This page deals with a rather long stretch of the Apennine dividing ridge, and some important side ridges. On the north side, it is almost entirely comprised in the Province of Reggio Emilia, between the two road passes Lagastrello and Radici,
with the river Enza and Secchia basins. On the south side we find instead the upper oriental Lunigiana, in the province of Massa Carrara and upper Garfganana, in the province of Lucca.
So, let’s see some highlights of this part of Apennine, that includes, among other things, three of the four peaks higher than 2000 m in the northern Apennine, with many others approaching this limit.
Camporaghena is a tiny village at the foot of the mountains. “Groppi” is a word indicating, in this area, something rugged, little accessible, at least from one side. And so you can imagine the Groppi di Camporaghena. It is a rather mythical ridge, since the longest assisted trail of this part of the Apennine. The ridge starts at pass Lagastrello and ends at pass Ospedalaccio, near pass Cerreto. Its “doors” at the two sides, are mount Acuto and mount Alto, with Punta Buffanaro in the centre.
The north side of the Groppi is characterised by extended beech forests, blueberry moorlands and huge rock slabs, near the mountain tops. But, especially, by three remarkable glacial basins, inside which some other smaller ones are contained. West, the basin of mount Acuto lake descends with several thresholds and moraines, with interesting peat bogs, like lakes Gora and Gonella. In the central part, lays the huge valley of Ghiaccioni, between the Groppi and the Alpe di Succiso, with many smaller circles on the north side of the Groppi. Finally, on the east side, there is the flattish basin of river Secchia springs, a wonderful and very popular place. All these places are accessible by some trails from the two road passes, or from the north side.
Things are different from the Lunigiana side, where the Groppi show the shape explaining their name. Two old pathes directly heading to the ridge, from the tiny centre of Torsana ora Camporaghena are now almost completely neglected; in any case, they would be reserved to people really wanting to afford some challenge, since they are solitary and have some exposed and frankly dangerous crossings. The access to the ridge remains possible from the two opposite ends, starting from Comano, Camporaghena oe even Sassalbo, along less beaten and interesting trails.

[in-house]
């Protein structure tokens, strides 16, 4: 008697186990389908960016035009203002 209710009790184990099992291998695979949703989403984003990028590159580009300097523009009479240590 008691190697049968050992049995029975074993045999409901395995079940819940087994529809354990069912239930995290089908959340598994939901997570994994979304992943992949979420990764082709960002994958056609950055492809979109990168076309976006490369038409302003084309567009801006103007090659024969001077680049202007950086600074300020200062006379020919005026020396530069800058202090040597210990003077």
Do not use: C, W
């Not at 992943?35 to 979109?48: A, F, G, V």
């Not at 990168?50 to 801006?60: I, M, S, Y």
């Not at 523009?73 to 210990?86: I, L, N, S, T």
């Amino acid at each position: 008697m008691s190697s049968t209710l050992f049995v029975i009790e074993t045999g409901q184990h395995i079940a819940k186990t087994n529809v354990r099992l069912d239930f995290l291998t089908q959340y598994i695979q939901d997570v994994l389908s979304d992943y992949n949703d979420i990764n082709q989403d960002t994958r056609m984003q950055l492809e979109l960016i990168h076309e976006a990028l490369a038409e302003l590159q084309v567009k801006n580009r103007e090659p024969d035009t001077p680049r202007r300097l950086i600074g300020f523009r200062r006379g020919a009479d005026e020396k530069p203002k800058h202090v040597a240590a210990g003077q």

Let’s see now the three main peaks of the ridge.
Mount Acuto is apparently less showing, although is very interesting and panoramic. It can be quite reached quite easily from pass Lagastrello or from the dam, or from pass Groppo, or by some of the trails of the north side. The tiny on its north side is a very beautiful place.
The west saddle of Punta Buffanaro is reached by a trail running among sandstone boulders, starting from the dividing ridge between the basins on lake of monte Acuto and Ghiaccioni, accessible by some of the paths of the north side. The final part, to the summit, is short but not trivial, because the gradient and the exposition along a very steep mountain side.
The only way to reach mount Alto without substantial challenges is through pass Pietratagliata, at the top end of the Secchia valley. All the other accesses are rather demanding.
Finally the mythical ridge of the Groppi di Camporaghena. In reality, the trail runs along its north side, definitely less steep that the Lunigiana side. The more exposed and difficult stretches, especially in winter, are equipped with steel cables. Afforded with adequate gear it is not therefore particularly difficult, and is of great satisfaction.
And here is the first “over 2000”: Alpe di Succiso
is the first peak of the long ridge heading north-est, from mount Alto, and ending with mount Ventasso. From the Secchia valley the Alpe di Succiso has the aspect of a simple, elegant, prominence of the ridge, well different from the mighty mass of mount Casarola that, indeed misses the 2000 for only few metres. From the Enza valley, or from the Parma Apennine ridge, the Alpe di Succiso, on the contrary, looks as an imposing mountain. It is a very frequented mountain, even since it is reachable without significant difficulties. The view from the top is really extraordinary, with the Groppi di Camporaghena ridge just in front, with its glacial circles, the sea, behind mount Alto, the huge glacial valley of mount la Nuda, beyond pass Cerreto, and many other mountains, of a substantial part of the Apennine.